The school has authority over students from the point they leave their homes in the morning to come to classes until when they return home in the afternoon, he said. This means that even though the incident allegedly occurred after the students were released for the day, administrators can still take punitive action against them.

"When the report comes from the police, then we’ll see what we can do on our end,” Minshew said. “If the kids did something wrong, then the consequences are there.”

Moore is considering filing a civil suit against the students for pain and suffering in addition to potential criminal charges by the police. 

He said that because of this incident, he plans on moving to Santa Cruz in a couple of weeks. 

Bruce Hotchkiss June 01, 2011 at 04:24 PM
It would seem to me, admittedly as a non-parent, that we as a society fail in far too many ways. Far too many children are lacking in morals, ethics, and academic learning. I have not seen any studies but a completely non-scientific observation seems to say that a huge number (large minority) of school age kids are falling further and further behind in everything. There is something fundamentally wrong with our society I think that schools alone cannot fix. Although there are some programs and schools that are terrific they do not reach the majority. At least that is my opinion.
Corinne Gregory June 01, 2011 at 09:33 PM
Gabriela alerted me to this incident. In reading the many comments, I felt I had to share a perspective. As she points out, we typically take a reactive approach to problems like this, when we really need to be more proactive to work with our kids to keep these kinds of behaviors from happening. These are not necessarily "bad kids" or are they unique. Along the way, in their growing up, they have either failed to learn even the basics of the Golden Rule -- "Treat others the way you want to treat them" -- or they were desensitized to intrinsic empathy, compassion and consideration. We are now forced to teach these things because we can no longer depend that our young people will come into the school system with ANY lowest common denomiator of social skills, character and education. And, the negative impacts are felt in all aspects of our education system and our community -- from disrespect and disruption in the classroom to bullying, teacher attrition and more. Rather than overwhelm this area, I'd invite you to visit the SocialSmarts blog on this topic at http://socialsmarts.wordpress.com/2011/02/02/to-end-bullying-requires-a-cultural-change/ Know, too that our organization has made a committment to donating our program to up to 1,000 schools across the country if they are interested in improving school culture and students' social skills, but just feel they can't afford it. More details at www.socialsmarts.com. - Corinne Gregory www.corinnegregory.com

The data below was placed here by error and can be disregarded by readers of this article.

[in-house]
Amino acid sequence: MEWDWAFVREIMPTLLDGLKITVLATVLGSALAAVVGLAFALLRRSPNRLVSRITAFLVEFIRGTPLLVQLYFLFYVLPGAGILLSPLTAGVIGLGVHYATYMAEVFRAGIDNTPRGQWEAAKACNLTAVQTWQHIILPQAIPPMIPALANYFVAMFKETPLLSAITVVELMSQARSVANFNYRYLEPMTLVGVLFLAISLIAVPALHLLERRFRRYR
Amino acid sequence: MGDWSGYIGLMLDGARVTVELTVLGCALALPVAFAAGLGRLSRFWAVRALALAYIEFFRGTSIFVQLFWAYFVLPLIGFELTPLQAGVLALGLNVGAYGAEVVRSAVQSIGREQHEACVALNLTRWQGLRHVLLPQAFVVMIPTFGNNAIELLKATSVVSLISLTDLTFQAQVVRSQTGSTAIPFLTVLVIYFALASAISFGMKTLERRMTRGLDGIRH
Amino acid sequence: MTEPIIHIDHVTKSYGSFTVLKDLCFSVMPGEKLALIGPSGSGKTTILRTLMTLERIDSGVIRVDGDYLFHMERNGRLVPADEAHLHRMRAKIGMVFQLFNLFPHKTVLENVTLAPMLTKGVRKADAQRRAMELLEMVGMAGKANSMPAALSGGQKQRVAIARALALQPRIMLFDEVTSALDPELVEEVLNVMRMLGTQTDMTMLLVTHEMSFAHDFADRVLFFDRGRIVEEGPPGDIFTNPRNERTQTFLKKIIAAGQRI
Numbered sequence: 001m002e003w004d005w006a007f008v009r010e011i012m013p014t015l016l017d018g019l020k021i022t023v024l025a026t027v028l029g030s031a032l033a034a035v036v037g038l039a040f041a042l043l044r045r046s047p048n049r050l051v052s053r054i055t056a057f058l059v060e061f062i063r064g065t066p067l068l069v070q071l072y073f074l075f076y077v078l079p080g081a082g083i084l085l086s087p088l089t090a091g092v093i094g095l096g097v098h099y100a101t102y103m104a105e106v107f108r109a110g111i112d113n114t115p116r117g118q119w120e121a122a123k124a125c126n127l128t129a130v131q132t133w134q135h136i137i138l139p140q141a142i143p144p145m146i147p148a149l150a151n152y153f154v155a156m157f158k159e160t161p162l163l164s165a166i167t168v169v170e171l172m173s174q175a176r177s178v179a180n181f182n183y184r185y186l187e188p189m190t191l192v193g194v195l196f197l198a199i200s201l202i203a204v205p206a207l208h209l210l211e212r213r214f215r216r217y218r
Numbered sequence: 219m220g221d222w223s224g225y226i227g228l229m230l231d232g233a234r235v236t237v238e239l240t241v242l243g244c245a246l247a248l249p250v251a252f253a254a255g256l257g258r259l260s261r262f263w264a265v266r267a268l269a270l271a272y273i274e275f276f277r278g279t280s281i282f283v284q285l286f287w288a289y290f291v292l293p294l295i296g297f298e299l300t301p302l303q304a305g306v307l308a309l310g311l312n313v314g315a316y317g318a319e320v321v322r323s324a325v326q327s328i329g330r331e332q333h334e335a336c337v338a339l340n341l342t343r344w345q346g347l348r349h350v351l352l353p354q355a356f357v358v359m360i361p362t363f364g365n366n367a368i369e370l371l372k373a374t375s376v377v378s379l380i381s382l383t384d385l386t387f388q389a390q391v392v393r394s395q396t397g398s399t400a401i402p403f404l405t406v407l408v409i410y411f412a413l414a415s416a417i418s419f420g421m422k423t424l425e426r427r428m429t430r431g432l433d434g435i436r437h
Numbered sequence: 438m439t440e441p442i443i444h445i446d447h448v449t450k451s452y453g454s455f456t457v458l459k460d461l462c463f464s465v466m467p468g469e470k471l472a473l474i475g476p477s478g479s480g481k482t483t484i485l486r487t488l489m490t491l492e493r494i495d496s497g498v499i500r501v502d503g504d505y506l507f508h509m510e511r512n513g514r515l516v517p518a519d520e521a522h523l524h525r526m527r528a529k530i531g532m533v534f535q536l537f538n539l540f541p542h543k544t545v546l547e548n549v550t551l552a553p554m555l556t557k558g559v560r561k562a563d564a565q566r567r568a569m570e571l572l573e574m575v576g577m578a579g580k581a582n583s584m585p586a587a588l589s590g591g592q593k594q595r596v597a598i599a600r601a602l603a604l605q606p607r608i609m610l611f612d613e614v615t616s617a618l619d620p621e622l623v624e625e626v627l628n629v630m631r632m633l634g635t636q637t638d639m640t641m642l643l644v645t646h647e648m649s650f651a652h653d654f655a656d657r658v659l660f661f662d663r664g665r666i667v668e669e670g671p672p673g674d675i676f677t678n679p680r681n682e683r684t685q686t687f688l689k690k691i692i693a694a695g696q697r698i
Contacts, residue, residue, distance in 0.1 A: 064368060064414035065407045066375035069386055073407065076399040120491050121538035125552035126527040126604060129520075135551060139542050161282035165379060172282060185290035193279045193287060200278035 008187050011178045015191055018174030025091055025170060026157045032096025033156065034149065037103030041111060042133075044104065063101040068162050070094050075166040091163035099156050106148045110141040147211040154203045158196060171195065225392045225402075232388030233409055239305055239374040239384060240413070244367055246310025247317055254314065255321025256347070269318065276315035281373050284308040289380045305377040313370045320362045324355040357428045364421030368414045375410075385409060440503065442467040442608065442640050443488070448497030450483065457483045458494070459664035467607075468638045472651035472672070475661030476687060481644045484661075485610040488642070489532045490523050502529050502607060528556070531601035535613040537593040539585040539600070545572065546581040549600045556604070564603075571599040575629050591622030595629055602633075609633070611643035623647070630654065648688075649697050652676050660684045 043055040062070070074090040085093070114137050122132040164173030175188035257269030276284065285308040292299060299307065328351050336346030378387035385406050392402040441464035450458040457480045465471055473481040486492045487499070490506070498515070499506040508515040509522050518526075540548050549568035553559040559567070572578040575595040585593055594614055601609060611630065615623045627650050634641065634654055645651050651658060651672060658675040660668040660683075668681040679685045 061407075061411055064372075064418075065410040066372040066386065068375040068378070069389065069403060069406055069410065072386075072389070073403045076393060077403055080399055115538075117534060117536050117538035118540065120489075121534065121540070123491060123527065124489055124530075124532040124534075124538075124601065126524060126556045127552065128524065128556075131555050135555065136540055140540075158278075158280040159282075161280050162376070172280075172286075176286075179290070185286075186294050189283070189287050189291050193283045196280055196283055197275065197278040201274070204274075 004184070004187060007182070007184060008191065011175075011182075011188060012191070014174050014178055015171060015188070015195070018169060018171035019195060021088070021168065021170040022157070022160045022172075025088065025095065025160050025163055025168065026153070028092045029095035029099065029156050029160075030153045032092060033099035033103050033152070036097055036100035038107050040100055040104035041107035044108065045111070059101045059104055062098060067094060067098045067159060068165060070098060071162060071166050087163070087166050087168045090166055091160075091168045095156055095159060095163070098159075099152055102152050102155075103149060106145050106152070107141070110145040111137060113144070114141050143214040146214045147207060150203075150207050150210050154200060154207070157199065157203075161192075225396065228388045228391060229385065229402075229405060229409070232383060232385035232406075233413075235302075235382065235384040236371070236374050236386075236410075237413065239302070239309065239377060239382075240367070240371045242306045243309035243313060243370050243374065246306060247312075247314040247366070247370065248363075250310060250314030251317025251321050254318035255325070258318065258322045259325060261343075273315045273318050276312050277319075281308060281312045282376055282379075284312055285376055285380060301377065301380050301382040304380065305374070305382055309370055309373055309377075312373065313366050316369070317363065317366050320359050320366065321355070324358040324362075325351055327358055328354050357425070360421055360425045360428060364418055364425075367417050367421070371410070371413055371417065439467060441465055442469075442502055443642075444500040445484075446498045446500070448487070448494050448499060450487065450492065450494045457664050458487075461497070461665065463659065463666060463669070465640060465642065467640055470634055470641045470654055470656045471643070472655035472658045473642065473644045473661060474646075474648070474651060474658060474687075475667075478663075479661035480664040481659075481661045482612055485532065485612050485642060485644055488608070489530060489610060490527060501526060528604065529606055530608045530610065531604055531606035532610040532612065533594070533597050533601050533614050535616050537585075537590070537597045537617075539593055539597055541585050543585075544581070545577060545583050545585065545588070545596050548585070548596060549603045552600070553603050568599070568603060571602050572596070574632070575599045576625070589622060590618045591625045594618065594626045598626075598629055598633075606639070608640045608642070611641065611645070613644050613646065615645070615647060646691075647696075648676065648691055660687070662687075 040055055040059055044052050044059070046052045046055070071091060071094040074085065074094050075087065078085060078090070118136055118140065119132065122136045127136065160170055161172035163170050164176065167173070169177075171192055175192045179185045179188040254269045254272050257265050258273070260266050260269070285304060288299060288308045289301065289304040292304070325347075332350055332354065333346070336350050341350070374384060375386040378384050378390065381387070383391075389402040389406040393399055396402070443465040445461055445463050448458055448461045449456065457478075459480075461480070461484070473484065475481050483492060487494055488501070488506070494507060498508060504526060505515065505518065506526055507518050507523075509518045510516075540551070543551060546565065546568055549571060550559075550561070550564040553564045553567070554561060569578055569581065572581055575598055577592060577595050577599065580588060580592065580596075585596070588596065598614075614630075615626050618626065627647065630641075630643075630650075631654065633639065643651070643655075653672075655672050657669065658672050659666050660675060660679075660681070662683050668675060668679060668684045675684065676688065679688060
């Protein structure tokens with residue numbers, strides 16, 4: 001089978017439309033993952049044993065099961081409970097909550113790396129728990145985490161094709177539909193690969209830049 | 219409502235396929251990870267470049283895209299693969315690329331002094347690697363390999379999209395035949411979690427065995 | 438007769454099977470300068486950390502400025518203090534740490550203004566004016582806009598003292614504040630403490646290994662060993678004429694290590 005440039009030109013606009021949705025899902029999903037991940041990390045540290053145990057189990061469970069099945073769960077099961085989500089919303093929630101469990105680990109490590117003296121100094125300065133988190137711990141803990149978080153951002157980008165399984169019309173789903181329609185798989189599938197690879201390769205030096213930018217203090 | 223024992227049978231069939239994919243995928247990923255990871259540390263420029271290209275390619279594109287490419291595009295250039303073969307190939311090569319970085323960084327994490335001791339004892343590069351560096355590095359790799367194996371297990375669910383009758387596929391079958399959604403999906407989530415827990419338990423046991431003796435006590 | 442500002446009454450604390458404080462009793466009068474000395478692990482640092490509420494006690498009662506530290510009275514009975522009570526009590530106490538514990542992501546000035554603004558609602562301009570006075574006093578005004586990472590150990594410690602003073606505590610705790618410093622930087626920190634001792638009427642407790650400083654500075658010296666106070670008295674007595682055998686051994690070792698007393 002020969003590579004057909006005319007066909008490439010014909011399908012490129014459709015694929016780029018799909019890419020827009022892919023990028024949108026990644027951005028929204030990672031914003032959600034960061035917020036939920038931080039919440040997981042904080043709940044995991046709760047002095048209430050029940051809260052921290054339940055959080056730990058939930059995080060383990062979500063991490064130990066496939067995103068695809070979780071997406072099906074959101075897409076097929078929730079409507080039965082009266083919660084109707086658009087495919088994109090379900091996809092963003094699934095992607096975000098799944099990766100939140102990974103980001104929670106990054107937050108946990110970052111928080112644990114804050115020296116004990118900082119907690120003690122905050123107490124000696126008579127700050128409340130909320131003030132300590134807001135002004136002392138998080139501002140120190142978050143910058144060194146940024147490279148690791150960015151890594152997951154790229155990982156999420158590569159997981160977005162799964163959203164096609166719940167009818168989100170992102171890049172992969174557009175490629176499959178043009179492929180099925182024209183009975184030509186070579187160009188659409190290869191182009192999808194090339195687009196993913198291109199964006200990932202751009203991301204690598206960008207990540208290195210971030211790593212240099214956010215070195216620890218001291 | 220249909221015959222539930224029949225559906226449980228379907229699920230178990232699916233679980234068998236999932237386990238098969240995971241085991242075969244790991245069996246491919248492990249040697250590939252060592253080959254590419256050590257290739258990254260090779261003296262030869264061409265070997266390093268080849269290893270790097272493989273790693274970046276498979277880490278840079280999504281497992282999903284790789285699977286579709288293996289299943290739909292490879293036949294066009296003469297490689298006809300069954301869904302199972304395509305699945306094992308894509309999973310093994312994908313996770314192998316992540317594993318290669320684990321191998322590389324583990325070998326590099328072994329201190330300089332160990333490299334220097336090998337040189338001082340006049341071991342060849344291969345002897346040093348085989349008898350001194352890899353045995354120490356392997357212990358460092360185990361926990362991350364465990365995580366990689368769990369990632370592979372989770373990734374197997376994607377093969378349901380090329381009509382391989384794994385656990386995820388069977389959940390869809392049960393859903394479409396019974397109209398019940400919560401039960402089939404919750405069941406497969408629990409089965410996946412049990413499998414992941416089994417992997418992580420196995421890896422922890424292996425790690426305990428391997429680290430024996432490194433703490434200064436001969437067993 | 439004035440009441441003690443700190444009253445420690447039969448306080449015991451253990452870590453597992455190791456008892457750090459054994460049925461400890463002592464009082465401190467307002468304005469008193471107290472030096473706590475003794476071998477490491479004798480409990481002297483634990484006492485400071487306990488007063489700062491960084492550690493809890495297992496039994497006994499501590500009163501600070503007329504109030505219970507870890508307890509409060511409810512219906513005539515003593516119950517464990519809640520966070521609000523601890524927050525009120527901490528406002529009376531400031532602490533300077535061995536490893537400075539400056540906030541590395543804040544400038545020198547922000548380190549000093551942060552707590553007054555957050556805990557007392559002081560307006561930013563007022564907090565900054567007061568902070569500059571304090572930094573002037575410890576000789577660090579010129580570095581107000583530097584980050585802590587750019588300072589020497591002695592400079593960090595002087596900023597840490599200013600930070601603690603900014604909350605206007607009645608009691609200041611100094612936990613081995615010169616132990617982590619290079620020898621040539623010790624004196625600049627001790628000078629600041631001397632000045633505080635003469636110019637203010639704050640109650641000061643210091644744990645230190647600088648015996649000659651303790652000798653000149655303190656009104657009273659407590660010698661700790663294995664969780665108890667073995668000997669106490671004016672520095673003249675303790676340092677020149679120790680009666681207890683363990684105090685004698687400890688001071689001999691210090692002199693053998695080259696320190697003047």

CQ June 02, 2011 at 09:34 PM
Yes, if what he said was false. Otherwise, a follow-up article of the facts found after criminal conviction.
Dan Druff October 28, 2012 at 10:01 PM
Because these bigoted attitudes are often protected as "opinions" instead of being exposed as dangerous and cruel. Television shows like South Park and Family Guy teach kids that racism, homophobia, and sexism is funny and entertaining and edgy because it is forbidden in most professional places, and that people are "too sensitive" if they say they don't like it.
Dan Druff October 28, 2012 at 10:03 PM
Anti-bullying campaigns are a great idea, but often I find that they can shame people for being bullied ("Why didn't you say something? Why didn't you talk to a counselor? Just ignore them!"). The worst part is that if kids try to take matters into their own hands, the school often gets angry because they want to have the final say, and they punish the kids.